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Thales executive Walter Kinio discusses Ultra-wideband technology.

Over the past nine months, the MTA New York City Transit has been partnering with two electrical engineering companies to test a new form of signaling technology on the 7 and L subway lines. 

On Jan. 23, the agency took over a train at the Woodside 7 Train Station to demonstrate the results of the pilot for Ultra-Wideband Radio (UWB), a complement to the modern signaling installed on the 7 line as part of the MTA’s Fast Forward plan in November 2018. 

The updated signaling system on the 7 and L lines is called Communications Based Train Control (CBTC), and it allows more precise control of the trains, so they can run more closely together. The demo pitched Ultra-Wideband Radar, a technology that would enhance the signaling upgrade to provide faster updates and more precise data on train locations that would, in theory, improve train service.

While transit experts have suggested that using UWB as a replacement for CBTC would be risky because it hasn’t yet been proven on the scale of a citywide subway system, the MTA demonstration focused on how it might be used as a complement for lines that already have CBTC technology.

During the demo, executives from Thales and Piper Networks, the two engineering companies who installed the system, projected laser-imaging from the UWB sensors onto a TV screen as the train traveled along the 7 track. They wanted to show just how unobtrusive and simple the sensors are, and how the technology can be used to guide the trains with precision.

Robert Hanczor, CEO of Piper Networks — one of the companies that participated in the pilot — pointed out that the UWB consists of sensors that are easily installed on the front of a train, as opposed to CBTC, which extends along the entire body of a train. He said the tech reduces the amount of time they have to be on the tracks for installation.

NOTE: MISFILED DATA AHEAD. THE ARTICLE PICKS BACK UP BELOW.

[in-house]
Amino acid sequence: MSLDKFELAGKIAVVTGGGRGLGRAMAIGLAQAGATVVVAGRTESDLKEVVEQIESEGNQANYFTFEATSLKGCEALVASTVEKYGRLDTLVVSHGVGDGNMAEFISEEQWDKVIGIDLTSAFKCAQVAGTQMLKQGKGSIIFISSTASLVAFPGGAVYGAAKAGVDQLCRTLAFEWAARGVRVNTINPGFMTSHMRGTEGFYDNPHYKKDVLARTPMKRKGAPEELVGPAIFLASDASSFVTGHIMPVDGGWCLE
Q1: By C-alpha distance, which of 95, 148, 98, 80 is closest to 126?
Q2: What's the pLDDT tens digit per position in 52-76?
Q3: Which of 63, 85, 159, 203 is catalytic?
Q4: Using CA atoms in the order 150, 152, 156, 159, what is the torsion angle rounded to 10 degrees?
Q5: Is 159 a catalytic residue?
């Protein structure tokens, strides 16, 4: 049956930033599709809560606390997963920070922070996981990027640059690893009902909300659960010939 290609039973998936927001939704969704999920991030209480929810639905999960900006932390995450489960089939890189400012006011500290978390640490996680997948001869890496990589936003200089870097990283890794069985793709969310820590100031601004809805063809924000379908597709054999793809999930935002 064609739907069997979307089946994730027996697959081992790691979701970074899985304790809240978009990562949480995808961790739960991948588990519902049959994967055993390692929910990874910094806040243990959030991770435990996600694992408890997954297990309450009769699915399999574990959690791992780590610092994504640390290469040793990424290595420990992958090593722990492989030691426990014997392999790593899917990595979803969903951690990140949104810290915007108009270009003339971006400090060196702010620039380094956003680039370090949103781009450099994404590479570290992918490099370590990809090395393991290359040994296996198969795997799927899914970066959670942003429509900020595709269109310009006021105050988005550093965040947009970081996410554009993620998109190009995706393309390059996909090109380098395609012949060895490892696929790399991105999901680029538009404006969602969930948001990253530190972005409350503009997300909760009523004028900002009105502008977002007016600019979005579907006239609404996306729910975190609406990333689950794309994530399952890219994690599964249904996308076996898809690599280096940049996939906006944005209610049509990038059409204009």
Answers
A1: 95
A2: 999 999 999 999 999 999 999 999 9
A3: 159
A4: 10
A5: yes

“What this means for the riders is that we can install the equipment much faster, it saves money for the organization, and it’s much easier to maintain” Hanczor said.

The presentation also showed how the installation of UWB could take over in the case of signal outages. In the current system, if a critical sensor fails, the train brakes to a halt and must be taken out of service. With UWB, a sensor failure would trigger a seamless switchover so operation could continue.

As the train pulled back into Woodside station after its test run, Thales executive Walter Kinio pointed to CGI imaging of the track markers that told the conductor precisely where to stop. 

“Just to let you know, we were four inches off,” Kinio said as the train came to a halt.

Though the demo went without a hitch, UWB would first have to become safety certified before the MTA could start installing on it on any subways. Then the agency would have to make a judgement about how the UWB would connect with the large increase of CBTC technology that is slated for installation over the next five years. The MTA does not have a concrete time frame for how long these steps would take.

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